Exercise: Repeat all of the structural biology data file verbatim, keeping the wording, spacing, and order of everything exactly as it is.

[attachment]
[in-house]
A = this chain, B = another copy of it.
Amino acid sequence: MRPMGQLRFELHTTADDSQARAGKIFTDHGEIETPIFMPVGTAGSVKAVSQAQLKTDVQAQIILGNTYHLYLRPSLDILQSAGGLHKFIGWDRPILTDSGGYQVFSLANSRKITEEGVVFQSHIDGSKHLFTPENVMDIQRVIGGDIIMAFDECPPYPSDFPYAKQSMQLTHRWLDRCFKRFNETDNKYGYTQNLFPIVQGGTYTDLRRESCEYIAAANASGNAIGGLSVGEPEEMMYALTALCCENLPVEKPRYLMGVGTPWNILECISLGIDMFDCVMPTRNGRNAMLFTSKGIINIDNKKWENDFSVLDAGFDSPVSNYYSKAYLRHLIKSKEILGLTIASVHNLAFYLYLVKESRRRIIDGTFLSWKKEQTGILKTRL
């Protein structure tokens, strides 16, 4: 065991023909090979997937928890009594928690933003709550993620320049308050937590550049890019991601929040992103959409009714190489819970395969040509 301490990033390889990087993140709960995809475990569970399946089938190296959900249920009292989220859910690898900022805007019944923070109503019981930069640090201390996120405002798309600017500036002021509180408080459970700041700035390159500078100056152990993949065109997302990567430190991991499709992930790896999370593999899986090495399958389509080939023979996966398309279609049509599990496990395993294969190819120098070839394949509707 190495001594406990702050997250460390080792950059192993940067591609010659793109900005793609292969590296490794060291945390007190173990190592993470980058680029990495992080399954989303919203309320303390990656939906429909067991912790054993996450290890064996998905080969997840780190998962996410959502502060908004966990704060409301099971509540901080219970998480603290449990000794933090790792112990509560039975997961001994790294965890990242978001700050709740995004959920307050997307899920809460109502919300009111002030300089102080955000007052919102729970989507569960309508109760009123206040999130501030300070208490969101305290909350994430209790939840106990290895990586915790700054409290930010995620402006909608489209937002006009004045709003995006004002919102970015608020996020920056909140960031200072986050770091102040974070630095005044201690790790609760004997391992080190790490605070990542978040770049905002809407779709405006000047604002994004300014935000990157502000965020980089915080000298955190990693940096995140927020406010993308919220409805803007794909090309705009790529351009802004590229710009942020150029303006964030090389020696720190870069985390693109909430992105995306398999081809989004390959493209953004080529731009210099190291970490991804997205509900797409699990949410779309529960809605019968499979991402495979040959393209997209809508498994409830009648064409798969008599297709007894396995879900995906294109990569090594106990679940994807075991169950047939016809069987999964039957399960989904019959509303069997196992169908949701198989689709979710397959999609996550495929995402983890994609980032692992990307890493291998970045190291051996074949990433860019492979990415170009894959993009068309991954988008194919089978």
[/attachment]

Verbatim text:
[in-house]
A = this chain, B = another copy of it.
Amino acid sequence: MRPMGQLRFELHTTADDSQARAGKIFTDHGEIETPIFMPVGTAGSVKAVSQAQLKTDVQAQIILGNTYHLYLRPSLDILQSAGGLHKFIGWDRPILTDSGGYQVFSLANSRKITEEGVVFQSHIDGSKHLFTPENVMDIQRVIGGDIIMAFDECPPYPSDFPYAKQSMQLTHRWLDRCFKRFNETDNKYGYTQNLFPIVQGGTYTDLRRESCEYIAAANASGNAIGGLSVGEPEEMMYALTALCCENLPVEKPRYLMGVGTPWNILECISLGIDMFDCVMPTRNGRNAMLFTSKGIINIDNKKWENDFSVLDAGFDSPVSNYYSKAYLRHLIKSKEILGLTIASVHNLAFYLYLVKESRRRIIDGTFLSWKKEQTGILKTRL
């Protein structure tokens, strides 16, 4: 065991023909090979997937928890009594928690933003709550993620320049308050937590550049890019991601929040992103959409009714190489819970395969040509 301490990033390889990087993140709960995809475990569970399946089938190296959900249920009292989220859910690898900022805007019944923070109503019981930069640090201390996120405002798309600017500036002021509180408080459970700041700035390159500078100056152990993949065109997302990567430190991991499709992930790896999370593999899986090495399958389509080939023979996966398309279609049509599990496990395993294969190819120098070839394949509707 190495001594406990702050997250460390080792950059192993940067591609010659793109900005793609292969590296490794060291945390007190173990190592993470980058680029990495992080399954989303919203309320303390990656939906429909067991912790054993996450290890064996998905080969997840780190998962996410959502502060908004966990704060409301099971509540901080219970998480603290449990000794933090790792112990509560039975997961001994790294965890990242978001700050709740995004959920307050997307899920809460109502919300009111002030300089102080955000007052919102729970989507569960309508109760009123206040999130501030300070208490969101305290909350994430209790939840106990290895990586915790700054409290930010995620402006909608489209937002006009004045709003995006004002919102970015608020996020920056909140960031200072986050770091102040974070630095005044201690790790609760004997391992080190790490605070990542978040770049905002809407779709405006000047604002994004300014935000990157502000965020980089915080000298955190990693940096995140927020406010993308919220409805803007794909090309705009790529351009802004590229710009942020150029303006964030090389020696720190870069985390693109909430992105995306398999081809989004390959493209953004080529731009210099190291970490991804997205509900797409699990949410779309529960809605019968499979991402495979040959393209997209809508498994409830009648064409798969008599297709007894396995879900995906294109990569090594106990679940994807075991169950047939016809069987999964039957399960989904019959509303069997196992169908949701198989689709979710397959999609996550495929995402983890994609980032692992990307890493291998970045190291051996074949990433860019492979990415170009894959993009068309991954988008194919089978």